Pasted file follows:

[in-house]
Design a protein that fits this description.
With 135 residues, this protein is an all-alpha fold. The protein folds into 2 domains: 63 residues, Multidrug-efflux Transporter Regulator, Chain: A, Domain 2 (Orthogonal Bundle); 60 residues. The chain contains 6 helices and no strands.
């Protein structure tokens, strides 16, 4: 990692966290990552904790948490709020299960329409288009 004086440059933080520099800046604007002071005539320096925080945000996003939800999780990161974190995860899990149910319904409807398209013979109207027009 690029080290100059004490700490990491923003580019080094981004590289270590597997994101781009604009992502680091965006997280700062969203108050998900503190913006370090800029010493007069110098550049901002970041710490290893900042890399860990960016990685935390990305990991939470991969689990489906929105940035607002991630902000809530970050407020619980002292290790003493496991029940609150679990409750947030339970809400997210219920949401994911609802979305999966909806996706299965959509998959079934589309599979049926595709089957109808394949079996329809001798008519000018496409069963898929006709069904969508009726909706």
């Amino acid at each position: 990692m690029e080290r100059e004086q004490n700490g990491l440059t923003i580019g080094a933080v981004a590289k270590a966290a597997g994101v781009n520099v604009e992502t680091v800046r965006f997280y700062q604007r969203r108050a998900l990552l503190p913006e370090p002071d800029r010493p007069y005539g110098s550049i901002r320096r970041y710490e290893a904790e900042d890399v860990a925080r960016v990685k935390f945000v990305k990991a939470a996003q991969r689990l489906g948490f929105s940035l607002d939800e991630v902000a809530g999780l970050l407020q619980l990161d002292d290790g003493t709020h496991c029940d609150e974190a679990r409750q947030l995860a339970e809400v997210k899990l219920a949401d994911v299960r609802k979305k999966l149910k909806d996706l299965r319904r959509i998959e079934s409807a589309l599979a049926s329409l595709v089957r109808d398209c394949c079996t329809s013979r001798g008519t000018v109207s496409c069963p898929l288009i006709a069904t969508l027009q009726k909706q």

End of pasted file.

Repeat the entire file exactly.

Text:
[in-house]
Design a protein that fits this description.
With 135 residues, this protein is an all-alpha fold. The protein folds into 2 domains: 63 residues, Multidrug-efflux Transporter Regulator, Chain: A, Domain 2 (Orthogonal Bundle); 60 residues. The chain contains 6 helices and no strands.
């Protein structure tokens, strides 16, 4: 990692966290990552904790948490709020299960329409288009 004086440059933080520099800046604007002071005539320096925080945000996003939800999780990161974190995860899990149910319904409807398209013979109207027009 690029080290100059004490700490990491923003580019080094981004590289270590597997994101781009604009992502680091965006997280700062969203108050998900503190913006370090800029010493007069110098550049901002970041710490290893900042890399860990960016990685935390990305990991939470991969689990489906929105940035607002991630902000809530970050407020619980002292290790003493496991029940609150679990409750947030339970809400997210219920949401994911609802979305999966909806996706299965959509998959079934589309599979049926595709089957109808394949079996329809001798008519000018496409069963898929006709069904969508009726909706």
């Amino acid at each position: 990692m690029e080290r100059e004086q004490n700490g990491l440059t923003i580019g080094a933080v981004a590289k270590a966290a597997g994101v781009n520099v604009e992502t680091v800046r965006f997280y700062q604007r969203r108050a998900l990552l503190p913006e370090p002071d800029r010493p007069y005539g110098s550049i901002r320096r970041y710490e290893a904790e900042d890399v860990a925080r960016v990685k935390f945000v990305k990991a939470a996003q991969r689990l489906g948490f929105s940035l607002d939800e991630v902000a809530g999780l970050l407020q619980l990161d002292d290790g003493t709020h496991c029940d609150e974190a679990r409750q947030l995860a339970e809400v997210k899990l219920a949401d994911v299960r609802k979305k999966l149910k909806d996706l299965r319904r959509i998959e079934s409807a589309l599979a049926s329409l595709v089957r109808d398209c394949c079996t329809s013979r001798g008519t000018v109207s496409c069963p898929l288009i006709a069904t969508l027009q009726k909706q």